2018 – Year in Review


The weather during 2018 varied quite a lot from the previous few years. It was quite cold early in the year during the Winter and then the late Spring only lasted for about two weeks. The rainfall was spotty and below normal for the year on my place, but, other areas of the county received more rainfall.

The ten or so potted trees that were sprouted from seed in May, 2017, did not survive the Winter – although the pots were placed into a straw bale fort for protection over the Winter, apparently they all froze.

In previous years it was common to lose a few trees after planting but only during the first two years. This past year a number of three and four year old grafted trees did not survive the Winter – mainly the grafts died but a couple of root stocks also died. The grafted Lakota were hit the hardest – they were planted in a low place where the cold air accumulates. Maybe the Lakota would do better if planted on a slope where there would be more air flow.

Besides the regular maintenance of the field trees and mowing weeds I continued grafting field trees during the Spring and planting new trees in the Fall.

My grafting success this year was abominable with only 9 out of 40 making it. Out of the first 20 grafts, 9 survived. But, out of the last 20 none survived. Looking back for excuses I can see that the temperature during the last 20 attempts was probably 85 degrees or above and just too warm for grafting.

During October and November I planted 44 trees and bushes into the fields as follows:

7 black walnut trees
8 Chinese chestnut trees
17 pecan trees(15 grafted)
10 Saskatoon service berry bushes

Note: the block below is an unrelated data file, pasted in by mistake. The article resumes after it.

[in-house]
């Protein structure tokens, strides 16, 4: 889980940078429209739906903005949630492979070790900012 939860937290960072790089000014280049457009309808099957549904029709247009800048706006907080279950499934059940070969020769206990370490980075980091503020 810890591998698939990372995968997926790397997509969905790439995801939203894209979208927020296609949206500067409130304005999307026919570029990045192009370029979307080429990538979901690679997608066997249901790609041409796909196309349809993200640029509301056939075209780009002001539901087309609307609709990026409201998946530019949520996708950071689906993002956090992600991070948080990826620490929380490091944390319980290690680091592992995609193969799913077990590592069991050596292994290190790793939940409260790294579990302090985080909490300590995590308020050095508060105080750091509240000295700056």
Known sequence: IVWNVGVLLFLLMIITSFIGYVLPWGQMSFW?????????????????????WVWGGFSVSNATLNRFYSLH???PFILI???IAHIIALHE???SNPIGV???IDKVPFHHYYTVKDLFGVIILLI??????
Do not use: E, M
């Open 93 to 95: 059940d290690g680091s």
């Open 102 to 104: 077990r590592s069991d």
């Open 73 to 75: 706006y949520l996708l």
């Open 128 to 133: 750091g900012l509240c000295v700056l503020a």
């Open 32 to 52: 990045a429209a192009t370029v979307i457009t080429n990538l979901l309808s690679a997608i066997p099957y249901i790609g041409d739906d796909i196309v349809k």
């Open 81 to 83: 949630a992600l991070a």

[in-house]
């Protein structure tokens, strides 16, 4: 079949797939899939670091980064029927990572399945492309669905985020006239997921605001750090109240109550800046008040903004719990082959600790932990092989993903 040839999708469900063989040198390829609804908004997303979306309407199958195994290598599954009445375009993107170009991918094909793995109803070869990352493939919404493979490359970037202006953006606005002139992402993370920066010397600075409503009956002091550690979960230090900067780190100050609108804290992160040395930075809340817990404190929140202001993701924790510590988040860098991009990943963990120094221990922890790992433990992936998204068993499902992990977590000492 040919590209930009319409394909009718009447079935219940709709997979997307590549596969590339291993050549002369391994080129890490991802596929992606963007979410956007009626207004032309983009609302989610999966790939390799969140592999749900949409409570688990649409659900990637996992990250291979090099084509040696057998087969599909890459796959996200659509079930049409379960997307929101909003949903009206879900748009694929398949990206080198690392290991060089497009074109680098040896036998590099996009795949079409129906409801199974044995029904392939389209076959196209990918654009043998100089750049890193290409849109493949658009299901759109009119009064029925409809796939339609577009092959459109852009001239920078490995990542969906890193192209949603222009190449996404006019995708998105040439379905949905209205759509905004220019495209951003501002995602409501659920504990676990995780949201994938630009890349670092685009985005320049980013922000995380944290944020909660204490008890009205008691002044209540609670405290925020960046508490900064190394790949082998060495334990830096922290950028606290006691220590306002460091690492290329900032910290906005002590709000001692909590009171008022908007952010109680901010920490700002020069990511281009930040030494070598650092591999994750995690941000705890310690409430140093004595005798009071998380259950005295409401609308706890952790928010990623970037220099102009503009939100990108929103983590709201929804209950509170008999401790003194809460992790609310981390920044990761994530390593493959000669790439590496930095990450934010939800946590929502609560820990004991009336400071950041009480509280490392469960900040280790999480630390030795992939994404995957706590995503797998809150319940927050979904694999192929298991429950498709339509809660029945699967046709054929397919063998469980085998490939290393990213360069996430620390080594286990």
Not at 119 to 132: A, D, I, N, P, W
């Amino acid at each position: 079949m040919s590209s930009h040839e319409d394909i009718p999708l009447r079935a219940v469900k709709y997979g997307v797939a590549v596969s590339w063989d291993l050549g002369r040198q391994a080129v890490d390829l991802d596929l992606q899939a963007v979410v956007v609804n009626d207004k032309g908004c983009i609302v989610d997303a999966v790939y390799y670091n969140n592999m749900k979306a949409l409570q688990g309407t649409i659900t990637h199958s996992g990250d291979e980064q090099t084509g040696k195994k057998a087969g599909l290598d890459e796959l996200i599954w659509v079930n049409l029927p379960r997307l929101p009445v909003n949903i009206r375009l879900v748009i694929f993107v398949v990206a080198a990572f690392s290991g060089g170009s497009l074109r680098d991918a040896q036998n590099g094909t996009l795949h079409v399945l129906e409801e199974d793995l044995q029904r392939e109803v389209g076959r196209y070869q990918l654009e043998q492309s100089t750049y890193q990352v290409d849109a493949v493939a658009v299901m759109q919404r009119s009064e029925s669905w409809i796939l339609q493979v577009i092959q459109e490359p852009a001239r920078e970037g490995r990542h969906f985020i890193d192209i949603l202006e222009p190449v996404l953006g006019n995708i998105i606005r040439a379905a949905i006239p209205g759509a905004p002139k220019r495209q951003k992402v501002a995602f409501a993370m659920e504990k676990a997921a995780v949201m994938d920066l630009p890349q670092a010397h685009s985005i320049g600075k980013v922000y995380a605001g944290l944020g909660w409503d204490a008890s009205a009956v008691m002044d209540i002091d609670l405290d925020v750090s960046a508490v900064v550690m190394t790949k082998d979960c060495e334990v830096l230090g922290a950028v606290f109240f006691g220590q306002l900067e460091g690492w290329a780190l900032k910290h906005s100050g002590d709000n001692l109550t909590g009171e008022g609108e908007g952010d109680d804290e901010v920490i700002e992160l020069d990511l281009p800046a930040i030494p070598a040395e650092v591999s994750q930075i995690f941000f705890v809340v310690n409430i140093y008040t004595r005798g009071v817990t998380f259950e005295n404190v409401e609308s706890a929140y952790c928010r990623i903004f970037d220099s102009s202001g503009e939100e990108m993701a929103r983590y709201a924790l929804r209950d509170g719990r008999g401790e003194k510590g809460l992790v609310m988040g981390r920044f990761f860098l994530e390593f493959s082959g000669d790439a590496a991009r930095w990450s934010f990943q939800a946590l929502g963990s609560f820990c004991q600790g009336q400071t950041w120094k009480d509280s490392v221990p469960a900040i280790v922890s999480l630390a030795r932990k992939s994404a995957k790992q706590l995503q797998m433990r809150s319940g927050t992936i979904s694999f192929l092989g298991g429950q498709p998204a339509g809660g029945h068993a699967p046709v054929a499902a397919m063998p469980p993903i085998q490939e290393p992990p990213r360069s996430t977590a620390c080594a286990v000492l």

2 chokecherry bushes

Experimenting with cover crops continued. During June I broadcast an 11 way mix and used the roto-tiller to scratch the dirt over the seeds. It was very dry and the rains did not come until the end of July. The sorghum/sudan and the millet slowly sprouted and grew somewhat before the rains. Most of the legume seeds did not sprout at all, but, some of the other seeds did sprout and grow after the rains came. The sunflowers in the mix did not grow tall and produce very many beautiful heads as was the case in the previous year.

The deer and other wildlife continue to exert their rule over the place – at least they leave behind some fertilizer.

After attending workshops on soil health I realized that I need to introduce some cows and maybe some goats to improve the soil. The cows could mow the grasses and the goats could eat the poison ivy, small bushes, and serecia lespedeza. That would necessitate putting up some fencing along the road and designing a system for watering. But, the grass fed beef should taste good.

Update On Last Years Graft

 

In February this year when I checked the grafts made in May, 2016, I came across the graft shown in the following picture:

The scion had only produced a couple of leaves during last Summer and it was less than two inches long  –   the prognosis did not appear to be good. Although in the picture above it appears that the scion wood had actually died, using a pruner to snip off the end of the scion revealed green cambium. So, instead of giving up on the graft, I decided to wait and see what would happen this Spring.

The following picture was taken in late July of this year and shows how the short piece of scion wood has expanded in girth and popped a bud with a strong limb. Note that the bark has still not grown over the staples. But, this years growth is impressive.

 

And, here is a picture showing the top of the tree which has added about three feet of new growth this year.